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November 26, 2014 12:50 am

The Temple Mount and ‘Disproportionate Response’

avatar by Maurice Ostroff

The Temple Mount atop Jerusalem's Old City. Photo: Dave Bender

The Temple Mount atop Jerusalem's Old City. Photo: Dave Bender

Since pundits who profess to understand the Arab-Israel conflict regularly accuse Israel of “disproportionate response,” it would be interesting to know whether these opinion makers consider the current attacks on Jews in Jerusalem to be a “proportionate” response to activists who wish to pray on the Temple Mount.

What is all this verbal and physical violence about? The current “status quo” permits Jews to visit the Temple Mount but not to pray while there. By way of background, the Temple Mount, believed to be the site of the First and Second Temples, is the holiest place in the world for Jews. It is also believed by Muslims that about 550 years after the destruction of the Second Temple, Mohammed flew to this site on a winged horse named Buraq and then flew to heaven to plead with God before returning to Mecca. The Al-Aqsa Mosque and the Dome of the Rock stand on the site today, and it is the third holiest place for Muslims.

In 1948, Jordan occupied the West Bank and East Jerusalem where the Temple Mount is located – and annexed it in 1950. The annexation was considered illegal and void by the Arab League and all countries except Britain, Iraq, and Pakistan.

During its rule, Jordan refused to honor its undertaking in terms of the 1949 Israel-Jordan Armistice Agreement to allow free access to Jerusalem’s Holy Places and cultural institutions and use of the cemetery on the Mount of Olives. Jews were barred from the Old City and denied access to the Western Wall and other Holy Places. Synagogues were destroyed and tombstones were used in the construction of latrines. Christians were also adversely affected.

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By contrast, when Israel took control of East Jerusalem after the 1967 Six Day War, Israel showed extreme respect for the Islamic religion. In a conciliatory act, Moshe Dayan ordered the removal of the paratroopers who had liberated the Mount and lowering of the newly raised Israeli flag. He made arrangements known today as the “status quo,” which provided that the Islamic Waqf would continue to manage the site while Israeli police would be responsible for security. Non Muslims including Jews would be allowed to visit but strangely and perhaps naively not permitted to pray.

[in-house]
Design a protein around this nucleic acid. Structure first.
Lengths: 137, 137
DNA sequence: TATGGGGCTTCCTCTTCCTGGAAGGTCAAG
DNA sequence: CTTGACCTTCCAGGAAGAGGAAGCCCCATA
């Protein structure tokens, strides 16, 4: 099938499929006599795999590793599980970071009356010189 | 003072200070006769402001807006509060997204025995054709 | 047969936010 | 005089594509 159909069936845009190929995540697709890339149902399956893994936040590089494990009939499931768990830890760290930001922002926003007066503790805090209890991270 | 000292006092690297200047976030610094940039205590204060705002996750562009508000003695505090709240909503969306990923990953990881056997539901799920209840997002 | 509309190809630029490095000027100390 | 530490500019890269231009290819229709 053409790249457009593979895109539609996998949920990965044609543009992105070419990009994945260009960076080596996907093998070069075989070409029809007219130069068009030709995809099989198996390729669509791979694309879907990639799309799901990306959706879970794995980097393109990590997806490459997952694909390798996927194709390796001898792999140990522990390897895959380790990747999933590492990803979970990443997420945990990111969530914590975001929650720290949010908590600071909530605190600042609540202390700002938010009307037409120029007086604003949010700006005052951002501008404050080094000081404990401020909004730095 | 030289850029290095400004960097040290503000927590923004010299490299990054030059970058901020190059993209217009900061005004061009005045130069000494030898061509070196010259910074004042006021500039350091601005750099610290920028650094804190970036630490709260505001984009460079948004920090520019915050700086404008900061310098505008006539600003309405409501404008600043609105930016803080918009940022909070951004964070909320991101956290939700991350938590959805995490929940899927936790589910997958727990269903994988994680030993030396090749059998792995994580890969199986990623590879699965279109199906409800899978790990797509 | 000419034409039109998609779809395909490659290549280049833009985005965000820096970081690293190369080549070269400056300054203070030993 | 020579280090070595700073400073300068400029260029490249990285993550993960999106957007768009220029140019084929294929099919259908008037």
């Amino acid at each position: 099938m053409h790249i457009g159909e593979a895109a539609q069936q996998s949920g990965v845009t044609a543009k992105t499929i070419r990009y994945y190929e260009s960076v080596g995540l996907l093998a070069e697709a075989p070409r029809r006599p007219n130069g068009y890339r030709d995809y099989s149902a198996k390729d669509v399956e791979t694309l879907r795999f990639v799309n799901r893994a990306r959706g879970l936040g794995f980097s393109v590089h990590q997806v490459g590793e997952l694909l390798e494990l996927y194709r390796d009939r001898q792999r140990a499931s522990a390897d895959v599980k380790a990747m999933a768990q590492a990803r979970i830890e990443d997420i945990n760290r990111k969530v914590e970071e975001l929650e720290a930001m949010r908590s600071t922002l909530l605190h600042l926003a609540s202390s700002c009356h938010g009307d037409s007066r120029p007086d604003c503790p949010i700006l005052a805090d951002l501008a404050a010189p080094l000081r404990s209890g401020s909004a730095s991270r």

Now, however, some religious Jews who revere this sacred site are vexed by the remaining condition prohibiting Jewish prayer on the Mount and a group of activists led by Yehuda Glick have for years made a practice of praying silently there.

Whether or not we agree with Rabbi Glick’s actions and even if we consider them to be provocative, they don’t by any stretch of imagination resemble the hysterical descriptions by some opinion makers. And they of course don’t justify the attempt on his life. In an incendiary speech in Ramallah on the 10th anniversary of the death of Yasser Arafat, PA President Abbas warned against changing the status quo despite Prime Minister Netanyahu’s repeated declaration that the status quo will not be altered. Moreover, when Israel closed entry to the Mount for one day in an effort to stem the violence, Abbas called this a “declaration of war.” And Abbas said that activists like Glick who wish to share in praying, tolerance, and respecting one another at the site, were “contaminating” the Temple Mount.

It is worrying that U.S. Sate Department spokesperson Jen Psaki and Secretary of State Kerry seemed to accept these incendiary reactions as unworthy of comment.

But of course, when Israel builds a house in East Jerusalem or uses force to stop the murder of its citizens, this is an outrage that the U.S. condemns immediately. Talk about a disproportionate response.

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